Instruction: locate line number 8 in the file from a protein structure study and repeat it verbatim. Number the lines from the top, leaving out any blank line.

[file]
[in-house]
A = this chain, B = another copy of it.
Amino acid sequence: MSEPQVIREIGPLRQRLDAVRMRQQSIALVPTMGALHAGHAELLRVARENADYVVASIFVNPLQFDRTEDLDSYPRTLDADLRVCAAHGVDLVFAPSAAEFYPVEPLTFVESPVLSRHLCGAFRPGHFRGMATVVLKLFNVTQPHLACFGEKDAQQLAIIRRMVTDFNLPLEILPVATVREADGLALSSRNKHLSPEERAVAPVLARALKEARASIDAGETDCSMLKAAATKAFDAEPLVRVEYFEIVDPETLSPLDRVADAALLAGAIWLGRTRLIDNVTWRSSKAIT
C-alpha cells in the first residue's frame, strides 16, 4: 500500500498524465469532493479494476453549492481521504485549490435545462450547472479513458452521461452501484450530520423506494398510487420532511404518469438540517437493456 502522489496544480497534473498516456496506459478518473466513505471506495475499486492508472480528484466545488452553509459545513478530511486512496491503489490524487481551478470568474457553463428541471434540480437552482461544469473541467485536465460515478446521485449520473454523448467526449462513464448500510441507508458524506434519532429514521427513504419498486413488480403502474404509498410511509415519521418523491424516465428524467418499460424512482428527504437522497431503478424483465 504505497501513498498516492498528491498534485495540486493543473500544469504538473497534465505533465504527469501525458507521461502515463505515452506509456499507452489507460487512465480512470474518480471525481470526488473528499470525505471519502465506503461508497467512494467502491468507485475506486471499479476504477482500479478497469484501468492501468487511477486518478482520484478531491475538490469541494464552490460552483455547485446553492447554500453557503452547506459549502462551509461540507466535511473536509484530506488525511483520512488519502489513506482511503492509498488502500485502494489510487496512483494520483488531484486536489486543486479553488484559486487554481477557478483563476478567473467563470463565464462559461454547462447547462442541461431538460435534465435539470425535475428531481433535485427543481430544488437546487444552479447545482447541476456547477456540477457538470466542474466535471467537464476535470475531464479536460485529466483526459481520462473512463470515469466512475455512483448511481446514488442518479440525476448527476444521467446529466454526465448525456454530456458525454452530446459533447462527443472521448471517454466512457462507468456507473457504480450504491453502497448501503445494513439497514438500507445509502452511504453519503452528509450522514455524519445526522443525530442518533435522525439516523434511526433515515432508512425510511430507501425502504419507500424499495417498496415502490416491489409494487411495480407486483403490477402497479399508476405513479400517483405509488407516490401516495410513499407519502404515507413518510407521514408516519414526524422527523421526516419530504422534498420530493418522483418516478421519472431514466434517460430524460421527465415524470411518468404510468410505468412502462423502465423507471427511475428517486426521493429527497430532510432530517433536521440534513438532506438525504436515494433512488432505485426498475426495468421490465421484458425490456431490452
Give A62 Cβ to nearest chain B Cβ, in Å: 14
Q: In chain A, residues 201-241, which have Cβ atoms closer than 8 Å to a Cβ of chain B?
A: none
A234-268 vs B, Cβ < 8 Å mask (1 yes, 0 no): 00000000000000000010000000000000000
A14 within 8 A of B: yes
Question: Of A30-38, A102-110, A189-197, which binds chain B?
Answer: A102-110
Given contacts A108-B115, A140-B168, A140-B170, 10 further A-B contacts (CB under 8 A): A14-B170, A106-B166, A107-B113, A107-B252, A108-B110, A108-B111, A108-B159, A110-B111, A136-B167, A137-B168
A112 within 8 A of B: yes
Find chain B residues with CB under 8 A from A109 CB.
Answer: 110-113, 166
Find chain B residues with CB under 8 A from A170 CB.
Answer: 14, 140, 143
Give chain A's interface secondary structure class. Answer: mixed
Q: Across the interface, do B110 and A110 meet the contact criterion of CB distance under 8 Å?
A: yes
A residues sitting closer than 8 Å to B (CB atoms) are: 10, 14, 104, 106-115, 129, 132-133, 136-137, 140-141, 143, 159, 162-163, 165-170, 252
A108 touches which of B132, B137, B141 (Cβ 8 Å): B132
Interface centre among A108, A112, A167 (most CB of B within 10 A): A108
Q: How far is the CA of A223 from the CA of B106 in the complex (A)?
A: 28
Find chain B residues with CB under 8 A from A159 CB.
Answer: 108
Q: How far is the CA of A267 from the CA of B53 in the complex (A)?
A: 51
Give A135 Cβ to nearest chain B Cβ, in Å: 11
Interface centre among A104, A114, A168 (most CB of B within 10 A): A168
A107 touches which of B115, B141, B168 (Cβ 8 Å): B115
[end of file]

A234-268 vs B, Cβ < 8 Å mask (1 yes, 0 no): 00000000000000000010000000000000000